'An order for winding-up does not endure for the benefit of an individual creditor who obtains the order, but for all creditors. It is not an individual right by a representative right. The creditor who first comes to the court and uses the process of the court cannot feather his best and enrich himself by collecting payment of the strength of consent terms. He must be relegated to the same position in which he was when he presented the petition for winding-up.'
3. Now, that, therefore, that question was being decided at the time not of admission, but at the time when the company judge was deciding as to whether the company was required to be wound up or not. Now that,therefore, in that case, certain amounts were paid because of the consent terms before the petition was admitted. Even thereafter, certain amounts were paid after the petition was admitted. Now , that there is nothing wrong if the payments are made because of the consent terms either before the petition is admitted or even after the petition is admitted. The question of preferential treatment between the creditors arises only at the time when the order for winding up is passed. That this is so is held by the Bombay High Court. That, therefore, this ruling does not help the company because I am not deciding as to whether the petitioner would be getting preferential right of would not be getting preferential right. That question would arise some time after the petition is admitted. The only question, therefore, that remains is whether there is a just claim, a bona fide claim, made by the creditor which the company is unable to pay.
4. My attention was drawn to another case of Cotton Corporation of India Ltd. v. Industrial Bank Ltd., which was decided by the Supreme Court of India of September 19, 1983 - (1984) 55 Comp Cas 423. On p. 439, the arguments which were urged by the counsel appearing for the company were considered and, after considering the arguments, the learned judge observed as under:
'If upon receipt of such notice, the company appears and satisfies the judge that the debt is bona fide disputed or the presentation of the petition is male fide, actuated by an ulterior motive, or an abuse of the process of the court, certainly the judge may decline to admit the petition and may direct the party presenting the winding - up petition to prove its claim by a suit or in an any other manner. It is undoubtedly true that a winding - up petition. Therefrom the power is conferred on the judge before whom the petition comes up for admission to issue pre-admission notice to the company so that the company is not taken unawares and may appear an point out to the judge that the petitioner is actuated by an alterior motive and a presentation of the petition is a device to pressurize the company to submit to an unjust claim.'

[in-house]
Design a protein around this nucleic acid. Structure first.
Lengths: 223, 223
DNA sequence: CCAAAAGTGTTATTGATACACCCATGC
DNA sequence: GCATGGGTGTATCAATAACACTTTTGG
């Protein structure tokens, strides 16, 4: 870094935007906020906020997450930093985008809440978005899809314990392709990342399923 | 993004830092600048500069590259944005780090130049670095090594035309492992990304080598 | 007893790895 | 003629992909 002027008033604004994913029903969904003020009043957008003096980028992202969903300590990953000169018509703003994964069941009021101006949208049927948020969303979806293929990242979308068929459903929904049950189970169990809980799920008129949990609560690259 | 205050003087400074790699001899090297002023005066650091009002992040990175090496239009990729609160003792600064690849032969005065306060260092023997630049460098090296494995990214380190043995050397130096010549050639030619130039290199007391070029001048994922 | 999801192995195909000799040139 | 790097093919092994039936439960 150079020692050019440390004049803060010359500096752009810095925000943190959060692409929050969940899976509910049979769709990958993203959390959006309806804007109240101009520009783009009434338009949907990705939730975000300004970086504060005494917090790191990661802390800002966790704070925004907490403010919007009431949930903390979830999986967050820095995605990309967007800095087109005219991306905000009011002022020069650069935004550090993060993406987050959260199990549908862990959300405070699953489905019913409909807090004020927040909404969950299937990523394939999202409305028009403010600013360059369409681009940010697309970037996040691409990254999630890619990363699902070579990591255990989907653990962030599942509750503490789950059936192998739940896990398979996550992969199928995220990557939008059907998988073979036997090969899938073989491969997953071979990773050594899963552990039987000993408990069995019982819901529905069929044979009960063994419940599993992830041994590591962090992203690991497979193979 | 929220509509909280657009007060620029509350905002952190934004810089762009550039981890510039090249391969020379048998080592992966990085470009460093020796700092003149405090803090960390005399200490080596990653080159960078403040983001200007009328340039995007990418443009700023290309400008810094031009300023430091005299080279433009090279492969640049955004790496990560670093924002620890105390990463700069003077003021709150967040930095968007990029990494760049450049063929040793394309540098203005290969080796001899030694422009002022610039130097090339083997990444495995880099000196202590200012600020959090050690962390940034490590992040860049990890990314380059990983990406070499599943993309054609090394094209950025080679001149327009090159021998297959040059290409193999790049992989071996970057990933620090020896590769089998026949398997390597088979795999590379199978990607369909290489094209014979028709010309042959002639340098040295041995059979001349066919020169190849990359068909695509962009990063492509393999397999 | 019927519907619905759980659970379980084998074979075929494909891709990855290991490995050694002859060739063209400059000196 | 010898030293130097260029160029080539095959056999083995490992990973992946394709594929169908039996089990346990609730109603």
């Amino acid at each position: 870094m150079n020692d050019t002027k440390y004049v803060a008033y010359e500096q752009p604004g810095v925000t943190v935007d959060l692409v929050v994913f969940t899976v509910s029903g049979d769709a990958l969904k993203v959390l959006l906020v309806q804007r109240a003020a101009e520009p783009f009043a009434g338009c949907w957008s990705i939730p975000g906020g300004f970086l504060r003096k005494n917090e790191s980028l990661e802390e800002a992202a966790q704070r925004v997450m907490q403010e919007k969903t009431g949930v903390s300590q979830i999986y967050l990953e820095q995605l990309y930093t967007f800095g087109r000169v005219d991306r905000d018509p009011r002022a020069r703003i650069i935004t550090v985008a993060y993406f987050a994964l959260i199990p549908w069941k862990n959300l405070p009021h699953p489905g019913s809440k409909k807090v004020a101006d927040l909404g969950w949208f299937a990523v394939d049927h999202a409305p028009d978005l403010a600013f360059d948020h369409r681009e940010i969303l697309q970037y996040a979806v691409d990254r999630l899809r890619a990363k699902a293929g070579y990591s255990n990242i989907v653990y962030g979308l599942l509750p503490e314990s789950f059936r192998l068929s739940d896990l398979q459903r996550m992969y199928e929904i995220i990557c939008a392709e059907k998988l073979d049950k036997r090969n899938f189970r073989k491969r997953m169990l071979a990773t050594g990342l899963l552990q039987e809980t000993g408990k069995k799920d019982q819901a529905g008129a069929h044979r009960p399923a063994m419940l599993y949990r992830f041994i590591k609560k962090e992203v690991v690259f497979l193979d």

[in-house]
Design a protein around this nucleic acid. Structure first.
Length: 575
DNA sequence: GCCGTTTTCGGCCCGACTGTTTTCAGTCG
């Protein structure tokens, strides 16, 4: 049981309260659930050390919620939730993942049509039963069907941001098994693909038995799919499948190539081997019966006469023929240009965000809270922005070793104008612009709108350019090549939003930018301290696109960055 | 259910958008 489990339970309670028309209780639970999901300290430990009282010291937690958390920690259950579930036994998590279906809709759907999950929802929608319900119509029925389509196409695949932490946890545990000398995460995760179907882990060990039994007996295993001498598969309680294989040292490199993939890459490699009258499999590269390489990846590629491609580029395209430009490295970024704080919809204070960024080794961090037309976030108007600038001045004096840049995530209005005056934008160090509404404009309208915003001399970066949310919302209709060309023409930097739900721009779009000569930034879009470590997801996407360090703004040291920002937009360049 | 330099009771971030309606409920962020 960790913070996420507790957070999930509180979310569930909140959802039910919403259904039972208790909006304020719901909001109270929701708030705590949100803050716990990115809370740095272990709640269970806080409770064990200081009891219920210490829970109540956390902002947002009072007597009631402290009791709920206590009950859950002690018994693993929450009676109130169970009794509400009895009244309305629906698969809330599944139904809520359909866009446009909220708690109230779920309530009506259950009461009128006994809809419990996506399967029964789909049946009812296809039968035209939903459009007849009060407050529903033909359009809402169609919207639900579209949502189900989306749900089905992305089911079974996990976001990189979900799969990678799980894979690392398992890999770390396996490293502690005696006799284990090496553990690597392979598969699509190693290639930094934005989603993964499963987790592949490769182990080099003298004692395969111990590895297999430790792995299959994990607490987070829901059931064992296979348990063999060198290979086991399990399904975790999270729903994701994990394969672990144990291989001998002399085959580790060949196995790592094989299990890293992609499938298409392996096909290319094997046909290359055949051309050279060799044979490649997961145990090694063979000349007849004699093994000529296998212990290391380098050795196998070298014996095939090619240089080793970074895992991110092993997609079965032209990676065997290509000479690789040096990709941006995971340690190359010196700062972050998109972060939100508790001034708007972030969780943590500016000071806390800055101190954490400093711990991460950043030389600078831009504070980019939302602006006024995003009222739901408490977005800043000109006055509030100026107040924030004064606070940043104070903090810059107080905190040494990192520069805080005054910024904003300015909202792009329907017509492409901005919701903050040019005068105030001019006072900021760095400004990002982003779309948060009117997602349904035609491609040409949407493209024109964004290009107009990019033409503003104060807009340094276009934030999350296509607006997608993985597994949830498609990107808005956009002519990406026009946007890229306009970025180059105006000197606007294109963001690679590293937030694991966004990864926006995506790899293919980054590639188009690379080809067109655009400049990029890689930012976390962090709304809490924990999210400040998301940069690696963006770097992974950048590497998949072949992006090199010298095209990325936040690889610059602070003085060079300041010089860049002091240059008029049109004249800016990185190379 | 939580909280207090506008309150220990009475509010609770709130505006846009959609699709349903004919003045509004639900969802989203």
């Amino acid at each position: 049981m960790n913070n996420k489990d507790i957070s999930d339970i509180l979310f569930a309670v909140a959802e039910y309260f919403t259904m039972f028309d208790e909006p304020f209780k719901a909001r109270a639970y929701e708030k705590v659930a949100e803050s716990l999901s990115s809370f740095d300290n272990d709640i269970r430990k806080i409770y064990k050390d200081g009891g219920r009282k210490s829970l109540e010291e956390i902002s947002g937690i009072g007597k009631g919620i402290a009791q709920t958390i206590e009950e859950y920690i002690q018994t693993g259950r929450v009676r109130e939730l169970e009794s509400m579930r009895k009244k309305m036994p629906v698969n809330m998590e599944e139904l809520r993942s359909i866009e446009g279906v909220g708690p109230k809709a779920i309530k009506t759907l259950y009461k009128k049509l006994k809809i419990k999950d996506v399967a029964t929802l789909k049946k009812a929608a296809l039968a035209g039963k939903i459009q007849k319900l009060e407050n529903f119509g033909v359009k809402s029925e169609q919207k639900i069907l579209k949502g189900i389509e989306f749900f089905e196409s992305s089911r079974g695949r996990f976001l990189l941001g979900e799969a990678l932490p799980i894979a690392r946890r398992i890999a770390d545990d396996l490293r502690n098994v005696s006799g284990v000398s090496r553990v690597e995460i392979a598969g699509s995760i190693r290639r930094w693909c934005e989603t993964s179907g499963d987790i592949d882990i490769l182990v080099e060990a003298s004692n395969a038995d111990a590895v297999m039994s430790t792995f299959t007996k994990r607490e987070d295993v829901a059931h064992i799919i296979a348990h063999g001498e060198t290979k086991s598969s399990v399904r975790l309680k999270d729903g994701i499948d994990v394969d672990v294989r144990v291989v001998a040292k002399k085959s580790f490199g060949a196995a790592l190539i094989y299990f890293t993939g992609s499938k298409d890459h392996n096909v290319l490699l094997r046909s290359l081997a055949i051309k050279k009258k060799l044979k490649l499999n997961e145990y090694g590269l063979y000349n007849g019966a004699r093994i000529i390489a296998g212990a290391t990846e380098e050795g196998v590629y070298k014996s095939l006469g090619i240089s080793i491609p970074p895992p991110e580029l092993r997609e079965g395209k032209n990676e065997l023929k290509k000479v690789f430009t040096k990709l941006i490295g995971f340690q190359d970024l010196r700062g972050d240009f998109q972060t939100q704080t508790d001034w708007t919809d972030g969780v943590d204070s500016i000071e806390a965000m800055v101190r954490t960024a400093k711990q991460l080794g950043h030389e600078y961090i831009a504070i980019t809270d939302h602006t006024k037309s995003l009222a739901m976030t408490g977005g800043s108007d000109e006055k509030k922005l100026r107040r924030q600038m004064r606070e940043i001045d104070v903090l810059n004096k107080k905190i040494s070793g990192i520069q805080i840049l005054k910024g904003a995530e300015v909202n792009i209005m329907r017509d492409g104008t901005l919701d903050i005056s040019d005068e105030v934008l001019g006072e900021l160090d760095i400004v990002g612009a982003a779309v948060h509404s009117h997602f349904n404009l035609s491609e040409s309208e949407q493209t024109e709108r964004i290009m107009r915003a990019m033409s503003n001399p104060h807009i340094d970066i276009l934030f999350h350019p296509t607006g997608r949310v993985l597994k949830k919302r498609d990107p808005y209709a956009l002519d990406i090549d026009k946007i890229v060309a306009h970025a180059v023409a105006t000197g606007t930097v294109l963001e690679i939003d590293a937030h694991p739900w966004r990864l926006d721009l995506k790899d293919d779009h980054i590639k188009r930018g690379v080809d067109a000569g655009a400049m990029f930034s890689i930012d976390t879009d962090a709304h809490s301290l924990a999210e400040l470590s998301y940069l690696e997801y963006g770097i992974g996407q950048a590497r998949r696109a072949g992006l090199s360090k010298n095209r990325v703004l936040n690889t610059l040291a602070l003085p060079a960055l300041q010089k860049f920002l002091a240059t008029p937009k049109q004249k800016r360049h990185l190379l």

5. Now, that, therefore, if the facts of this case are seen in the light of the observation made by the Supreme Court, it clearly appears that in this case, the company is not taken unawares. Pre-admission notice was issued to the company. Thereafter, the company with open eyes compromised the claim. The managing directors was directed to a file a personal undertaking which he did not file. Thereafter, according to the consent terms amount were not paid . The petition got revved. The claim can never be stated to be an unjust claim. Now, what is required to be determined is whether the petitioner are trying the pressurise the company for payment. There is no question pressurising the company. A statutory notice was given. Enough time as demanded was given to receive a just claim, a period longer than what was suggested by the company was given. Yet, the company was not able to pay its debts. It is not shown to be a company which would be suggested to be a solvent company in the sense that it is a company which has stopped its manufacturing activity from January, 1984. The Civil Judge, Senior, Division Junagadh, chose to grant an INJUCTION of such a nature by which the company is not able to withdraw any amount from any account or operate any account. In such a situation. Now , that, therefore, when the petitioner has come with a just claim and the company is unable to pay the debt or unable to run the company even at a loss, it can be clearly stated that the company is unable to function. In such a situation, accompany which is not able to function cannot pay its debt. to Suggest that it is a pressurising tactic only because Rs.1,10,000 are not paid back in the court is rather not pressurising there company, but pressuring the petitioner to withdraw the petition. Cyclone are natural calamities, by the resultant effect is that the company is not able to function. When the company is not able to function at all, it is not able to pay the just claim of any of the creditor5s including the present petitioner. Under these circumstances, the Petition is required to be admitted. Advertisement to issue in Gujarat Samachar and Times of India, the two newspaper which are published from Ahmedabad. Next date is fixed as December 10,1984. The learned advocate, Mr. G.N.Shah, desires to challenges this order by filing O.J. Therefore, the operation of this order is stayed up to November 9, 1984.